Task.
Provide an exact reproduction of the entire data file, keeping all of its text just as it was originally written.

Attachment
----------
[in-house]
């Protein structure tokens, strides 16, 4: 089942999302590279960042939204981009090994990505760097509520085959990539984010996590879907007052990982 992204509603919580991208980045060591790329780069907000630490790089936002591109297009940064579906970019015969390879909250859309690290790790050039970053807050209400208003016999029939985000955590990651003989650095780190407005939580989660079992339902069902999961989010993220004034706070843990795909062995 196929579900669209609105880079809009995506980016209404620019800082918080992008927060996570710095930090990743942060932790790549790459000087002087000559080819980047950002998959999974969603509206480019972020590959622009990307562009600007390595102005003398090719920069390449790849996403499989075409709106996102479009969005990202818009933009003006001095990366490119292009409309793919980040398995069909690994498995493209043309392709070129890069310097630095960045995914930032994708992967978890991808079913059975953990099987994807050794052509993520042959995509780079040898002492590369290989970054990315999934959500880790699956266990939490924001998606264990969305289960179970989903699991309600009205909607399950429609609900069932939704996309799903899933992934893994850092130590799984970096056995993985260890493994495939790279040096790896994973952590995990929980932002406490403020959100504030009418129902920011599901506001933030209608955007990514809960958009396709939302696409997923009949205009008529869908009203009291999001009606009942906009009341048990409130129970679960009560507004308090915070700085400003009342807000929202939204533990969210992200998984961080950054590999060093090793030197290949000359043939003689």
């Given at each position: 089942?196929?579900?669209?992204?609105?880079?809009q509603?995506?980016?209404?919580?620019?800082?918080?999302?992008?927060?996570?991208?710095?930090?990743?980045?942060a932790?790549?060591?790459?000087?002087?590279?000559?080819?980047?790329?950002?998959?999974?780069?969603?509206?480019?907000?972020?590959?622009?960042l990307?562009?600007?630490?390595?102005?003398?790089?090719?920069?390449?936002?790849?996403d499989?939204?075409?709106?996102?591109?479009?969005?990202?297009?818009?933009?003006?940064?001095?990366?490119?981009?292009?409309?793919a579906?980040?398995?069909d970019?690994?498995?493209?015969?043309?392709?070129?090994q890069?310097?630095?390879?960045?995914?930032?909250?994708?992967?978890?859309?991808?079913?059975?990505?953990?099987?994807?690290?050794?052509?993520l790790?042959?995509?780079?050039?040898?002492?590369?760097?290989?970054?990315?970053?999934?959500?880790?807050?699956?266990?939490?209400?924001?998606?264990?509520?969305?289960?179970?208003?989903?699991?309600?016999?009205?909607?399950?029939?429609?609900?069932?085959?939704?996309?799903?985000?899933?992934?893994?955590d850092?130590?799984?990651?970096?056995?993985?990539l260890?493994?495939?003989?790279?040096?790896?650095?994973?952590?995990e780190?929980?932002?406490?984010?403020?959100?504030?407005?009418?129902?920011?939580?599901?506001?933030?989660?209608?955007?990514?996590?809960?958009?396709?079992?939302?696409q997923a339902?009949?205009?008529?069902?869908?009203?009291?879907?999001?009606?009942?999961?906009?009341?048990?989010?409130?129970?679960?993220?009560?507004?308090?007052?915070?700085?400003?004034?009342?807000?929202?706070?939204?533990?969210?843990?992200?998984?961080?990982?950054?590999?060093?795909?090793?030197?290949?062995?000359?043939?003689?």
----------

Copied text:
[in-house]
């Protein structure tokens, strides 16, 4: 089942999302590279960042939204981009090994990505760097509520085959990539984010996590879907007052990982 992204509603919580991208980045060591790329780069907000630490790089936002591109297009940064579906970019015969390879909250859309690290790790050039970053807050209400208003016999029939985000955590990651003989650095780190407005939580989660079992339902069902999961989010993220004034706070843990795909062995 196929579900669209609105880079809009995506980016209404620019800082918080992008927060996570710095930090990743942060932790790549790459000087002087000559080819980047950002998959999974969603509206480019972020590959622009990307562009600007390595102005003398090719920069390449790849996403499989075409709106996102479009969005990202818009933009003006001095990366490119292009409309793919980040398995069909690994498995493209043309392709070129890069310097630095960045995914930032994708992967978890991808079913059975953990099987994807050794052509993520042959995509780079040898002492590369290989970054990315999934959500880790699956266990939490924001998606264990969305289960179970989903699991309600009205909607399950429609609900069932939704996309799903899933992934893994850092130590799984970096056995993985260890493994495939790279040096790896994973952590995990929980932002406490403020959100504030009418129902920011599901506001933030209608955007990514809960958009396709939302696409997923009949205009008529869908009203009291999001009606009942906009009341048990409130129970679960009560507004308090915070700085400003009342807000929202939204533990969210992200998984961080950054590999060093090793030197290949000359043939003689």
């Given at each position: 089942?196929?579900?669209?992204?609105?880079?809009q509603?995506?980016?209404?919580?620019?800082?918080?999302?992008?927060?996570?991208?710095?930090?990743?980045?942060a932790?790549?060591?790459?000087?002087?590279?000559?080819?980047?790329?950002?998959?999974?780069?969603?509206?480019?907000?972020?590959?622009?960042l990307?562009?600007?630490?390595?102005?003398?790089?090719?920069?390449?936002?790849?996403d499989?939204?075409?709106?996102?591109?479009?969005?990202?297009?818009?933009?003006?940064?001095?990366?490119?981009?292009?409309?793919a579906?980040?398995?069909d970019?690994?498995?493209?015969?043309?392709?070129?090994q890069?310097?630095?390879?960045?995914?930032?909250?994708?992967?978890?859309?991808?079913?059975?990505?953990?099987?994807?690290?050794?052509?993520l790790?042959?995509?780079?050039?040898?002492?590369?760097?290989?970054?990315?970053?999934?959500?880790?807050?699956?266990?939490?209400?924001?998606?264990?509520?969305?289960?179970?208003?989903?699991?309600?016999?009205?909607?399950?029939?429609?609900?069932?085959?939704?996309?799903?985000?899933?992934?893994?955590d850092?130590?799984?990651?970096?056995?993985?990539l260890?493994?495939?003989?790279?040096?790896?650095?994973?952590?995990e780190?929980?932002?406490?984010?403020?959100?504030?407005?009418?129902?920011?939580?599901?506001?933030?989660?209608?955007?990514?996590?809960?958009?396709?079992?939302?696409q997923a339902?009949?205009?008529?069902?869908?009203?009291?879907?999001?009606?009942?999961?906009?009341?048990?989010?409130?129970?679960?993220?009560?507004?308090?007052?915070?700085?400003?004034?009342?807000?929202?706070?939204?533990?969210?843990?992200?998984?961080?990982?950054?590999?060093?795909?090793?030197?290949?062995?000359?043939?003689?």